Also, did you check 'SPF', 'TXT' or both (though as I already indicated it is rather a moot point) ? As I recall, the RR SPF was deprecated, for example. But even if SPF was honoured 100% of the time, the fact is it is a syntax that is easy to make mistakes, and this would lead to a lot of lost mail. I'm sorry to tell you this, but your users won't at all appreciate or accept lost mail. There is no getting around to it. All administrators know this.
Thing is filtering will never be perfect. Spam filtering is far from perfect, for example, and that's how it will always be; there will always be false positives just as there will always be false-negatives.
So there definitely should not be a day where email is refused simply because of lack of SPF/etc. Besides that, even if SPF/etc is in use, it still is INSECURE if it is in plaintext, which funnily enough, almost all emails are. It also isn't secure if it is spreading malware, and your suggestions are irrelevant to this, too.
@Mike 1 October 23, 2015 at 8:35 pm #
'There is zero excuse for not using an email security mechanism, such as SPF – with hard failure, DKIM, DMARC.'
'There should be a day very soon where domains with insecure email should have their messages refused.'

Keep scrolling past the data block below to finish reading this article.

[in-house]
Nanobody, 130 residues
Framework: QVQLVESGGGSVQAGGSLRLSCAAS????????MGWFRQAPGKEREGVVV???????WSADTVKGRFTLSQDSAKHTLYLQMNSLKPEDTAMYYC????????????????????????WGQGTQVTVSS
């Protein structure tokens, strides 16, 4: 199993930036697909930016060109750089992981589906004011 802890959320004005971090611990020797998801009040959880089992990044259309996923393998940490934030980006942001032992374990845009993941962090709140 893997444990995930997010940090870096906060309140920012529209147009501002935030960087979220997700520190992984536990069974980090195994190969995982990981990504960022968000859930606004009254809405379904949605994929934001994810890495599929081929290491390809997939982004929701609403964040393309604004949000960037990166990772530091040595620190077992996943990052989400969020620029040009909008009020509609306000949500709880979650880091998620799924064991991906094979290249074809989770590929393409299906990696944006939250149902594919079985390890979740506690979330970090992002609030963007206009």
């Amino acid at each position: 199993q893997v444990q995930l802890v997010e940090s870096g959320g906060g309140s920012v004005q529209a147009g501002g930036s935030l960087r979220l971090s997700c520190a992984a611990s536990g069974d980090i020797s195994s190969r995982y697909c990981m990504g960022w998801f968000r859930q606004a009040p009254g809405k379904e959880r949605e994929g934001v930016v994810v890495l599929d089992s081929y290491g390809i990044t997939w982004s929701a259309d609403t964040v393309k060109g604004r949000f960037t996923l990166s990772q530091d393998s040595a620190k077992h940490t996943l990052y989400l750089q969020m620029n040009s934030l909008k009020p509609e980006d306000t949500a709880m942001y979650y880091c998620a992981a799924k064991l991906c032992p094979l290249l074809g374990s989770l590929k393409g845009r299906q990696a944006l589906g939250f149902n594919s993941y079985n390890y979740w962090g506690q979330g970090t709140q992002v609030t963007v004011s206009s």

In a perfect world, yes… Having every email host/domain restraint mandated to comply with mitigating against spoofing would be great, but who'll govern this?
@coyote 582 October 24, 2015 at 2:10 am #
'Also: SPF with soft-fail isn't completely useless' … 'but your users won't at all appreciate or accept lost mail.'
Having to rely on SmartHosts or external MTA's is one of the reasons to have a 'laxed' SPF. If changes occurs without your knowledge, as you mentioned, you'd hope outgoing emails are being delivered.
I've seen examples where receiving ends don't even check for PTR, let alone SPF, DKIM and DMARC, but rely on weeding out nasties based on attachment sizes, content, phrases, words, etc… Some smaller organizations probably don't even have this luxury…
'Thing is filtering will never be perfect.'
Agreed. 99% it 'may' work well, depending on the volume of inbound traffic, products and personal involved.
I've seen the likes of Google/Microsoft plainly block all inbound traffic from an entire Class A IP block! (With the exception of a handful, but even still…). Fighting battles with these juggernauts is like pushing the preverbal up hill.